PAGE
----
When I was back home, sitting at my computer watching the USD exchange rates change in south America, I have to admit that I was excited about coming to Argentina. When I was here in 2008, one dollar was equivalent to 3 Argentine pesos. Today, the official rate is $1 USD = ~8 Argentine pesos. That seems like a good thing, right? Maybe the economist reading this is shaking his/her head… inflation is a nasty problem.
I just read this article. Inflation has caused significant price increases during the last year down here. It’s predicted to get worse. We often see official prices at bars/hostels marked with an ‘x’ and the new price written in pencil. We definitely feel like things are expensive, and it’s hard to imagine what it would be like to watch your savings slowly devalue… as could be expected, we hear about protests and strikes in far-off Buenos Aires. I wonder what the mood of the city will be when we visit months from now.
The US dollar has become a sought-after currency in Argentina. If you were knowledgeable enough about this situation prior to entering the country (we were not), you would have arrived with as much USD as you felt comfortable carrying. In the main plazas you can take advantage of the “blue dollar” rate, which can be as high as $1 USD = 12 ARG peso (if you come with $100 bills). We will certainly be looking into this for future visits to the country.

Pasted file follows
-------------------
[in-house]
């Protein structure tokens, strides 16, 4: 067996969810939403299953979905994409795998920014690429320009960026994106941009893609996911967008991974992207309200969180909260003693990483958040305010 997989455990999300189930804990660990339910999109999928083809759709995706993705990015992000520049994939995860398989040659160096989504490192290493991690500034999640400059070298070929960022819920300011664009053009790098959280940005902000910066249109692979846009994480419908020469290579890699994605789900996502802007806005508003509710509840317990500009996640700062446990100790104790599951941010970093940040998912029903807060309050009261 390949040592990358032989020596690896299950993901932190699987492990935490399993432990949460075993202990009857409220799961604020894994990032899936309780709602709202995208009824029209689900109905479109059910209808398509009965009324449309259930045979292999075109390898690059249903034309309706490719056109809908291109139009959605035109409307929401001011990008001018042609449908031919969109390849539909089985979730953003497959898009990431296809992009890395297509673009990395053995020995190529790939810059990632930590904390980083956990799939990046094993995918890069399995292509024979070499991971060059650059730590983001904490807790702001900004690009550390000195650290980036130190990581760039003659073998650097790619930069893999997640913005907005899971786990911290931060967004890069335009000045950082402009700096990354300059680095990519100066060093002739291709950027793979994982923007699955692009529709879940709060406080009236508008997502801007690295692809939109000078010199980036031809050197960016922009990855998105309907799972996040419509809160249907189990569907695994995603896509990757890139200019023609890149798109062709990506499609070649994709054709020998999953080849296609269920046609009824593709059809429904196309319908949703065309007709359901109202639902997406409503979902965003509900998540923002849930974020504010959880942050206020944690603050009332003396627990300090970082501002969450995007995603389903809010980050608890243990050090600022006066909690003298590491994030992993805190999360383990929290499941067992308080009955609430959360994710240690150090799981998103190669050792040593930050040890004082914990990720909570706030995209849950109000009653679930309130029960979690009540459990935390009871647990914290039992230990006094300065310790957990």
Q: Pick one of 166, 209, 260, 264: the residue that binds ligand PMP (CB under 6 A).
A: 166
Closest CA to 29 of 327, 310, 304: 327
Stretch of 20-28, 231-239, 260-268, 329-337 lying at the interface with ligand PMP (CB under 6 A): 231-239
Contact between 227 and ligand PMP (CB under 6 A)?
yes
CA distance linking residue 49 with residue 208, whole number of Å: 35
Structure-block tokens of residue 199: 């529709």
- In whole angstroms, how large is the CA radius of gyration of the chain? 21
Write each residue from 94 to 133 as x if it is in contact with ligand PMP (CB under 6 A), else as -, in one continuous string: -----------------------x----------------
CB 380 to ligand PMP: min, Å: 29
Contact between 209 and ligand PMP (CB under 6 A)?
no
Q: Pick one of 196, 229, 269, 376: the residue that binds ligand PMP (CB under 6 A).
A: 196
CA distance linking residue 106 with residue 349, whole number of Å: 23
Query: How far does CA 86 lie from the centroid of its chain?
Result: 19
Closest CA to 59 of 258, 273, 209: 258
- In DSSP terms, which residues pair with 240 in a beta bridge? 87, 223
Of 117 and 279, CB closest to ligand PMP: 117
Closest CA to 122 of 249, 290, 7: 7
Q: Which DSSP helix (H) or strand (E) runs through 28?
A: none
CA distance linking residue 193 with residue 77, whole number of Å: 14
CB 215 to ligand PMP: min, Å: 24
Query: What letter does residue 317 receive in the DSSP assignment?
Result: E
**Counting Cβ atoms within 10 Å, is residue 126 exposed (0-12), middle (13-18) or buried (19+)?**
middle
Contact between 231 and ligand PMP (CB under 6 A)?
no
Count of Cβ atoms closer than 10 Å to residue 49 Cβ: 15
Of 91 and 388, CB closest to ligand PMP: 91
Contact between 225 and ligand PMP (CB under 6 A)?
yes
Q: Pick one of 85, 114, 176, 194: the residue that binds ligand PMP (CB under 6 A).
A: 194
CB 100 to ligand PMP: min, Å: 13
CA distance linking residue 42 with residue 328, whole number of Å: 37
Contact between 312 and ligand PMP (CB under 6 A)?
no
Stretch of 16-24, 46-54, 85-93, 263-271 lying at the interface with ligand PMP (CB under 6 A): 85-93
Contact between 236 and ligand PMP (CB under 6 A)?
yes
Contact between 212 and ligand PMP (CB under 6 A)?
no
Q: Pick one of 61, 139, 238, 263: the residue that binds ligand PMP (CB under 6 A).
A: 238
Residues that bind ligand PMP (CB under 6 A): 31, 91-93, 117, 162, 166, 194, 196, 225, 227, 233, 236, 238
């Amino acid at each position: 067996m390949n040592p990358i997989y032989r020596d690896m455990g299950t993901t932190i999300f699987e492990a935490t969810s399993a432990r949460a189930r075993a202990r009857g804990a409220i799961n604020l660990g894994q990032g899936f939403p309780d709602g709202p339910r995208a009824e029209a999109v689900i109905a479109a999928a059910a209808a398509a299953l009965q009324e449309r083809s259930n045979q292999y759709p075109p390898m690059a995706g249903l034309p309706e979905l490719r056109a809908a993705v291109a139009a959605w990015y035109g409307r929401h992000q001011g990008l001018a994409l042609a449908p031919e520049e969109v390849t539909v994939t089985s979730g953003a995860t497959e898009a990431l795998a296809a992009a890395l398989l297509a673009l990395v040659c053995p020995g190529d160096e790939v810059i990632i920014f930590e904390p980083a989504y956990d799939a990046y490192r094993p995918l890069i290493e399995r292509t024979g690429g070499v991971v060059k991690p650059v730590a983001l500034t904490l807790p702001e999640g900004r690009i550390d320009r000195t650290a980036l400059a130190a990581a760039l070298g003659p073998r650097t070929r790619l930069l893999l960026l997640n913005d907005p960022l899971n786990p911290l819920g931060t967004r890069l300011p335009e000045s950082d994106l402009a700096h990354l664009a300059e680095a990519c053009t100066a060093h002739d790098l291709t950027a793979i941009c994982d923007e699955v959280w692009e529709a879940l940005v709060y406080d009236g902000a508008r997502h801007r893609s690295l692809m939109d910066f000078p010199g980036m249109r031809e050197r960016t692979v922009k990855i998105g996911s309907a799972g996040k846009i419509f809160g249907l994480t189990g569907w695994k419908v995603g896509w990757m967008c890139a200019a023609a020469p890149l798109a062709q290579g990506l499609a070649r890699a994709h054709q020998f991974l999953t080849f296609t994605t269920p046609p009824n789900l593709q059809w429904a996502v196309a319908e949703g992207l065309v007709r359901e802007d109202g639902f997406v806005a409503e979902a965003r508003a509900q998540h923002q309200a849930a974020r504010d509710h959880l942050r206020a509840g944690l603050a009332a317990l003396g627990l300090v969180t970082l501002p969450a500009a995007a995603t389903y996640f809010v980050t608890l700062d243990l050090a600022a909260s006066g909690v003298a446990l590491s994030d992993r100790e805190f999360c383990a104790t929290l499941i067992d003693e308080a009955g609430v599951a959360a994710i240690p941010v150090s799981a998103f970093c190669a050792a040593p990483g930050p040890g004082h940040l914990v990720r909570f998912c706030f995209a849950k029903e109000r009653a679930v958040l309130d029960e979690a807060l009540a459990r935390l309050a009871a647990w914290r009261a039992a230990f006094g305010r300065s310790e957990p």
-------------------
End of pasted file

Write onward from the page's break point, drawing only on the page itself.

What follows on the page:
When I was in Buenos Aires last, the city was suffering from a coin-shortage crises. You can read about the problem here. Because of inflation, I imagine the country will soon be suffering from a shortage of large bills. The highest denomination bill in Argentina is 100 pesos. This is currently worth about $12 USD, and will quickly become the most used piece of currency. Those once precious 1 peso coins are almost laughably valueless.